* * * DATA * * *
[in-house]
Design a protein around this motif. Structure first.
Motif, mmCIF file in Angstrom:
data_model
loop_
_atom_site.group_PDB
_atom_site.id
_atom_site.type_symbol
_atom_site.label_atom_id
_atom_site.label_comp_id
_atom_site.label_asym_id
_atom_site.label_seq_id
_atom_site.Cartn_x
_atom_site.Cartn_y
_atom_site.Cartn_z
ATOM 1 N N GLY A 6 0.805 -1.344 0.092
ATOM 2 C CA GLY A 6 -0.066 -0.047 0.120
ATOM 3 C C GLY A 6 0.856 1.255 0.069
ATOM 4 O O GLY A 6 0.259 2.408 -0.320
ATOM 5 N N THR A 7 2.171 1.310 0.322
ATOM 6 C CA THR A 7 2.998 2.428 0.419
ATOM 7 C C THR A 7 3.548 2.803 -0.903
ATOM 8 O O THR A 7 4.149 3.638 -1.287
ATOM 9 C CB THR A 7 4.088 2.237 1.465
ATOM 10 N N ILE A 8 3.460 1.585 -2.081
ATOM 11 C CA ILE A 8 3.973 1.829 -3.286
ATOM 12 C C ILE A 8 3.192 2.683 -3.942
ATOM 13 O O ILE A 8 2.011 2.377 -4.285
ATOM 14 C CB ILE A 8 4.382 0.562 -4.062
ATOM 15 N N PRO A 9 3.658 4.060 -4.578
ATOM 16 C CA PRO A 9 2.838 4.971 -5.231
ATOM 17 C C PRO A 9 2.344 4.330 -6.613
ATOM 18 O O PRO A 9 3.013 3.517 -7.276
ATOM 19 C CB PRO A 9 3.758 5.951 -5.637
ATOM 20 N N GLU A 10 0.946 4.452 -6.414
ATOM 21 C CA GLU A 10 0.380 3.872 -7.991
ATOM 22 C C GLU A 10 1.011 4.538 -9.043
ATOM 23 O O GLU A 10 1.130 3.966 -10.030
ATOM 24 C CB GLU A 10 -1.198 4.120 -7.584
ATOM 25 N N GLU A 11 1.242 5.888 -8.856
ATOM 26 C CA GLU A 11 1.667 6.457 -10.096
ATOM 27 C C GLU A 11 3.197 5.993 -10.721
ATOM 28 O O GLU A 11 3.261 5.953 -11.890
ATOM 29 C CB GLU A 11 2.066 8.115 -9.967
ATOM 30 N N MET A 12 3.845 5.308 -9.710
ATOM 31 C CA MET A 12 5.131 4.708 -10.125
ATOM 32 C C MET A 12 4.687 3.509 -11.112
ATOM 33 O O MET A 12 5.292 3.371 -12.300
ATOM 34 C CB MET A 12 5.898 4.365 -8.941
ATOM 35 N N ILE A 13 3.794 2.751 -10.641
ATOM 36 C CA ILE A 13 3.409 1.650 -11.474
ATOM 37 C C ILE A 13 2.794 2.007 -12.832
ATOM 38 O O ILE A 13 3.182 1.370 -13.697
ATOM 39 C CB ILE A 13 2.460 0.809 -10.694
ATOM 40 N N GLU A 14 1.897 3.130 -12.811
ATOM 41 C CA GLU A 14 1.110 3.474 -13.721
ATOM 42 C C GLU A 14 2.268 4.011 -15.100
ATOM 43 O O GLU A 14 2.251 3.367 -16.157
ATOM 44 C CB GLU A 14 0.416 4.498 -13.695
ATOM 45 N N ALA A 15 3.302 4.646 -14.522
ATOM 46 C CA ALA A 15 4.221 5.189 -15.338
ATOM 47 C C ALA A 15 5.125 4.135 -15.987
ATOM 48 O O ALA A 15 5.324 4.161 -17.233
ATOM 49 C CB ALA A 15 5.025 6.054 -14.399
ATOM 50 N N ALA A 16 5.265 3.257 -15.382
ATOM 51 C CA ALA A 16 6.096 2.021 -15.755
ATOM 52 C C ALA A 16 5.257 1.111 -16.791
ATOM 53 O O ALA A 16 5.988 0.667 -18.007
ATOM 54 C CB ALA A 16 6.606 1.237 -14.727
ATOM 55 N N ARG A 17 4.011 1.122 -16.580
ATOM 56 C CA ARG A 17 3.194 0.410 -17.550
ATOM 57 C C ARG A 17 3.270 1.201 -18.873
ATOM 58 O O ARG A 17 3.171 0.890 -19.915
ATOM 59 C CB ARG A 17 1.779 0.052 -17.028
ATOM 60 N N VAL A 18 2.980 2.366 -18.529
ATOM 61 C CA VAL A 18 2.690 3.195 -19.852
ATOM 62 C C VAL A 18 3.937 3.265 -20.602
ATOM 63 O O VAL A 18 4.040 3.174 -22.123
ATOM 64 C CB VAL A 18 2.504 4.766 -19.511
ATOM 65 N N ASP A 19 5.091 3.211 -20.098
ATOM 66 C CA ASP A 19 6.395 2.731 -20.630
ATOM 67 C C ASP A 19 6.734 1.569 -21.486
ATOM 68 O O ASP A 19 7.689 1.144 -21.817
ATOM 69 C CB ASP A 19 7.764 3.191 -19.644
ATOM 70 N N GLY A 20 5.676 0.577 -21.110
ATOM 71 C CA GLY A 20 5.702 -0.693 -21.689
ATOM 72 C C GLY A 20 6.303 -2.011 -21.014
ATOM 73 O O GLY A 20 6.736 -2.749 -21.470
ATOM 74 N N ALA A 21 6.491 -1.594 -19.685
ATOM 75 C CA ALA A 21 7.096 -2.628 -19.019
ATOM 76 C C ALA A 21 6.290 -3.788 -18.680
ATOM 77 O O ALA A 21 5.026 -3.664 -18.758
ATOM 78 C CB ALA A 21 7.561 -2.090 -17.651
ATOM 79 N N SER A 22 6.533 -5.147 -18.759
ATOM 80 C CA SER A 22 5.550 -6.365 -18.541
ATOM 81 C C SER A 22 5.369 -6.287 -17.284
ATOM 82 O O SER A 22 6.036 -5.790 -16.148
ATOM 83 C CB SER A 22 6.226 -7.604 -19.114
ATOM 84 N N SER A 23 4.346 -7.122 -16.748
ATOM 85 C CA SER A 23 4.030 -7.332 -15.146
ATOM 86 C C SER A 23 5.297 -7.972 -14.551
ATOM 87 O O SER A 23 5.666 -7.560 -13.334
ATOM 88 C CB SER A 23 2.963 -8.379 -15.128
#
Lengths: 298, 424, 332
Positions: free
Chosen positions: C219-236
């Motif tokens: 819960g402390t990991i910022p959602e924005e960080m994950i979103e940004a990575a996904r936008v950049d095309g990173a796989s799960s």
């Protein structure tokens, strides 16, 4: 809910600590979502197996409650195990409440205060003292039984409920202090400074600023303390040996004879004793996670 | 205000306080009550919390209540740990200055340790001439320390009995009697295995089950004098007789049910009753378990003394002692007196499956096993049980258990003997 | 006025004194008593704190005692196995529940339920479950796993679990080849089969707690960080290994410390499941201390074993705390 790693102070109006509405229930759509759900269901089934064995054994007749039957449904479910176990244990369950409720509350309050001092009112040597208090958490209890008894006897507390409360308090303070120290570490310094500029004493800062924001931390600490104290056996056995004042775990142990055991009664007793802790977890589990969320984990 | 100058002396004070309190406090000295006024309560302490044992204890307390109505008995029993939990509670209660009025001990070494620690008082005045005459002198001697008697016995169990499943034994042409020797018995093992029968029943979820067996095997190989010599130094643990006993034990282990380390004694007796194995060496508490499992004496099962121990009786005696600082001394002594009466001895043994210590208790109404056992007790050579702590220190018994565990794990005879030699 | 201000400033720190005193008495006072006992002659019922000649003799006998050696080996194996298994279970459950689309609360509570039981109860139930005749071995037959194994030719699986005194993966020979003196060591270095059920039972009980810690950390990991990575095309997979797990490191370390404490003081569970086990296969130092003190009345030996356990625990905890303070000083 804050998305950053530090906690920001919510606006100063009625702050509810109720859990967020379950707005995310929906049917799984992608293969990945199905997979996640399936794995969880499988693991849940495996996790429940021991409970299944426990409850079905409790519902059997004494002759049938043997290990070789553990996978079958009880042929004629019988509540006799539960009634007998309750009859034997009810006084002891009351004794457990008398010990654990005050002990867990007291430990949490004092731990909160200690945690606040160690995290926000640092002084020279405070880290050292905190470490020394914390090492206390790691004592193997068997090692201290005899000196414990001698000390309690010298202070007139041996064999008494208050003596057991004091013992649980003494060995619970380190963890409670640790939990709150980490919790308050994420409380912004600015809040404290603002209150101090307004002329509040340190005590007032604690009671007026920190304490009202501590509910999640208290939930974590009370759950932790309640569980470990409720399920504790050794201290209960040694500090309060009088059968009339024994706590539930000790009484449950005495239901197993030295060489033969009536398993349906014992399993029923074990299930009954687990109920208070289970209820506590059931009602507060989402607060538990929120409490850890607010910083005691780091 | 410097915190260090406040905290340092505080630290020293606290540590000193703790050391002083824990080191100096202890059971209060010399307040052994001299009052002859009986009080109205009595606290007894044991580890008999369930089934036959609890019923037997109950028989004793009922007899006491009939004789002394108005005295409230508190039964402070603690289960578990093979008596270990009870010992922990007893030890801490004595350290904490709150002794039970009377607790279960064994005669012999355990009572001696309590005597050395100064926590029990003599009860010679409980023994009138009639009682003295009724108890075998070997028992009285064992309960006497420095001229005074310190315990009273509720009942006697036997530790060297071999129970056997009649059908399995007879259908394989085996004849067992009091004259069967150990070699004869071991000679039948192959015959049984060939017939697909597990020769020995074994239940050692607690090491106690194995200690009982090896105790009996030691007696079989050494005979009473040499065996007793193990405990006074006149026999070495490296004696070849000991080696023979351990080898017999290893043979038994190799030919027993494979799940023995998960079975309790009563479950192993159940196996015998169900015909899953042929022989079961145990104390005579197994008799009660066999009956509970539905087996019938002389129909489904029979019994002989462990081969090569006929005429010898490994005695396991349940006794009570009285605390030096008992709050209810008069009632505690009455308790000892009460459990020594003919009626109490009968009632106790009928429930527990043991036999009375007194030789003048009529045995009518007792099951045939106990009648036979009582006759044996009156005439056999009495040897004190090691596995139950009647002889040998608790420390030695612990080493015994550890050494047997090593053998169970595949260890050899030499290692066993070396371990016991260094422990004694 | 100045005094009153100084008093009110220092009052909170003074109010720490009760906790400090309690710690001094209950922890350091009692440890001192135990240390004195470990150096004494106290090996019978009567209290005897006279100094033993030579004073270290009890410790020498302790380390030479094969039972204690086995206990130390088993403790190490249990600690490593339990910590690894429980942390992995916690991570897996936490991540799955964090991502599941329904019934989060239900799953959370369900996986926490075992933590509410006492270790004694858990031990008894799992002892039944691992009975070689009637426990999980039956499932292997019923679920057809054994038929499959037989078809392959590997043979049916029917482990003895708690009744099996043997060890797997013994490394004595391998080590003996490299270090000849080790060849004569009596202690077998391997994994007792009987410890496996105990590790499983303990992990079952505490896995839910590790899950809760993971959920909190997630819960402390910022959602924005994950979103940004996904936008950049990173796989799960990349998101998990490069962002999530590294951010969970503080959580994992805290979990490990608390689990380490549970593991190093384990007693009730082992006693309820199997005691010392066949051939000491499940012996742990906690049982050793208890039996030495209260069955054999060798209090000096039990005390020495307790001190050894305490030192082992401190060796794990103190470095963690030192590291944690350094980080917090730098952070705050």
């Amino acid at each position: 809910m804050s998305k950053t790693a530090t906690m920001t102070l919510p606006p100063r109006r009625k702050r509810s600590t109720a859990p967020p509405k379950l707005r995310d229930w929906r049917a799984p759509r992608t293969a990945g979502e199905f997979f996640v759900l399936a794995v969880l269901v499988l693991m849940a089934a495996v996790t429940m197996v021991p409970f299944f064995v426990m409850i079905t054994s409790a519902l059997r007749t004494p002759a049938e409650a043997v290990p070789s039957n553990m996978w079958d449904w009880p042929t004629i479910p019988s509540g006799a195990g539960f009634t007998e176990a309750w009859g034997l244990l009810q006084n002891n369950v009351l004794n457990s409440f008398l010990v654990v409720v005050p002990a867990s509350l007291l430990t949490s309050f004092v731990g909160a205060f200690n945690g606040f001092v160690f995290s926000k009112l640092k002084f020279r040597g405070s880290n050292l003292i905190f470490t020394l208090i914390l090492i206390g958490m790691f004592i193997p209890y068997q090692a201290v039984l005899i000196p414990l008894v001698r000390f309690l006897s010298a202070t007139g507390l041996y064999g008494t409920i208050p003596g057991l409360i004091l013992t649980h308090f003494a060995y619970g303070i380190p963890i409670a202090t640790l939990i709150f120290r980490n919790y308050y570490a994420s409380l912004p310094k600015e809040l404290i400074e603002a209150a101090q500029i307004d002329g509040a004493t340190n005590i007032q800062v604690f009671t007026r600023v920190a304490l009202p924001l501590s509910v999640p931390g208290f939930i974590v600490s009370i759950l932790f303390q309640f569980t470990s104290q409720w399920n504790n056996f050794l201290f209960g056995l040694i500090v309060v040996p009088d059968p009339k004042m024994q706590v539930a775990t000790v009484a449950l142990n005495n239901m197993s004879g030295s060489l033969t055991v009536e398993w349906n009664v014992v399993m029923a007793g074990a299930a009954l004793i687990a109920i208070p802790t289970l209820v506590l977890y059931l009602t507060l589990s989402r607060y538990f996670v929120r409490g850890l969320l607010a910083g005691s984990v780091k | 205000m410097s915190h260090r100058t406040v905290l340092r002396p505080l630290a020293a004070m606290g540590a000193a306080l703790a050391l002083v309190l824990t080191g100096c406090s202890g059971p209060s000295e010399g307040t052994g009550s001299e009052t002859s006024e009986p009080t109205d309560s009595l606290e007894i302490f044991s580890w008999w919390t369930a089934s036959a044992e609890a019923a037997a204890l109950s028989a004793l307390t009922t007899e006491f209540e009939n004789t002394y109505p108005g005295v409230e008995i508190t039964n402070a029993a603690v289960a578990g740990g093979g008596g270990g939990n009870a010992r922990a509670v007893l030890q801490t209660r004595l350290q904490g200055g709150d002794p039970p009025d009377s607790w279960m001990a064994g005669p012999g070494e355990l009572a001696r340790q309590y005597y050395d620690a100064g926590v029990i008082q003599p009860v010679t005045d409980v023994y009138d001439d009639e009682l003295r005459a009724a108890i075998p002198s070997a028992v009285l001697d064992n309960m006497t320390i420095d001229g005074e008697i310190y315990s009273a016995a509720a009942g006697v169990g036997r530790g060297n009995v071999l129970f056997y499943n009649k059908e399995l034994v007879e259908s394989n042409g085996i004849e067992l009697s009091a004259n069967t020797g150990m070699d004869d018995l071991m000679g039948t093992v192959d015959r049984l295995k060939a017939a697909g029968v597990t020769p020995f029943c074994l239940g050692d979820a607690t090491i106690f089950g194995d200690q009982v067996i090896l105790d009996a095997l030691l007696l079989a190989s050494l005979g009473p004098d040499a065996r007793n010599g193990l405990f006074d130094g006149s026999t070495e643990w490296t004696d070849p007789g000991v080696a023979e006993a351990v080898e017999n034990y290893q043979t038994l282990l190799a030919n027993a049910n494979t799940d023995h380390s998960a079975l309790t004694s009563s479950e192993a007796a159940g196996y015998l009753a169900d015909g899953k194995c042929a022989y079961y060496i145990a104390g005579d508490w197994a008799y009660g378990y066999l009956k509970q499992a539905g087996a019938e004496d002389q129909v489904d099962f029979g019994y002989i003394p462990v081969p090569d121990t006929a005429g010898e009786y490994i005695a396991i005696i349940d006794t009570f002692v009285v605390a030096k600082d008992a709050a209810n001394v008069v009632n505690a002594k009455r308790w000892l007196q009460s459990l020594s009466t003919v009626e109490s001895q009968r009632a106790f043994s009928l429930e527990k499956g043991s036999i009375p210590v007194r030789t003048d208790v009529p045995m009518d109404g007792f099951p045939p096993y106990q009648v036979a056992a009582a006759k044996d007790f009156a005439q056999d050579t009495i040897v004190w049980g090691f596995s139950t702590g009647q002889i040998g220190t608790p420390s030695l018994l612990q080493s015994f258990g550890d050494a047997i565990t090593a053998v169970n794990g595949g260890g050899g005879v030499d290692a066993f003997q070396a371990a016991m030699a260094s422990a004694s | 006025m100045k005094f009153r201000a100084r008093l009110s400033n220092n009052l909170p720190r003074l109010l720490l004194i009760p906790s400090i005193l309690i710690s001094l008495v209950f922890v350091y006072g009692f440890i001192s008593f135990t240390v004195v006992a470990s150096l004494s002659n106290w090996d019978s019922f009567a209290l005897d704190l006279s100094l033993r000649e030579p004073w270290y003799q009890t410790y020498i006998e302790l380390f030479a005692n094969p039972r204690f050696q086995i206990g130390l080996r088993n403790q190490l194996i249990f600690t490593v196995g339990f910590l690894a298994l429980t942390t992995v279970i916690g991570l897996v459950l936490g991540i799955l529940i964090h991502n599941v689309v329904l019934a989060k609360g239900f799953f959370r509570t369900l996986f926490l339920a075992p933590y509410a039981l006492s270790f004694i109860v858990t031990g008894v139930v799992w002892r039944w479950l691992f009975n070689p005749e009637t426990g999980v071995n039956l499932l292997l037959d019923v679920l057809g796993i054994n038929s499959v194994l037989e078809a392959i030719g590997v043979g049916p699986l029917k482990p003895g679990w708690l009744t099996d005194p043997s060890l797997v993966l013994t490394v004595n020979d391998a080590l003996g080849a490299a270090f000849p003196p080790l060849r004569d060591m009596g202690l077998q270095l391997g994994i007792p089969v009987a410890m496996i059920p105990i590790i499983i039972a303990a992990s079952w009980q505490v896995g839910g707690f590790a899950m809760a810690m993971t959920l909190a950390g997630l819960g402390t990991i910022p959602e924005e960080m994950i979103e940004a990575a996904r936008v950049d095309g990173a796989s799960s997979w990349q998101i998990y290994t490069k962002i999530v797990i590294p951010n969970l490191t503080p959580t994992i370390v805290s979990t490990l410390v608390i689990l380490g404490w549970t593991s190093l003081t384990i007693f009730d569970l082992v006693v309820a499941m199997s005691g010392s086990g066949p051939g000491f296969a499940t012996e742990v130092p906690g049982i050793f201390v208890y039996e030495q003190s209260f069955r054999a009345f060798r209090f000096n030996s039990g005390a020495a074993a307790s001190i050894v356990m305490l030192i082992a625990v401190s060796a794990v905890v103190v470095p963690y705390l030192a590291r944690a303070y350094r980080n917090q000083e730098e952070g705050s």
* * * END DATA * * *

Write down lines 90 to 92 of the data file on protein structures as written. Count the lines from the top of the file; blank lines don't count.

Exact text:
ATOM 75 C CA ALA A 21 7.096 -2.628 -19.019
ATOM 76 C C ALA A 21 6.290 -3.788 -18.680
ATOM 77 O O ALA A 21 5.026 -3.664 -18.758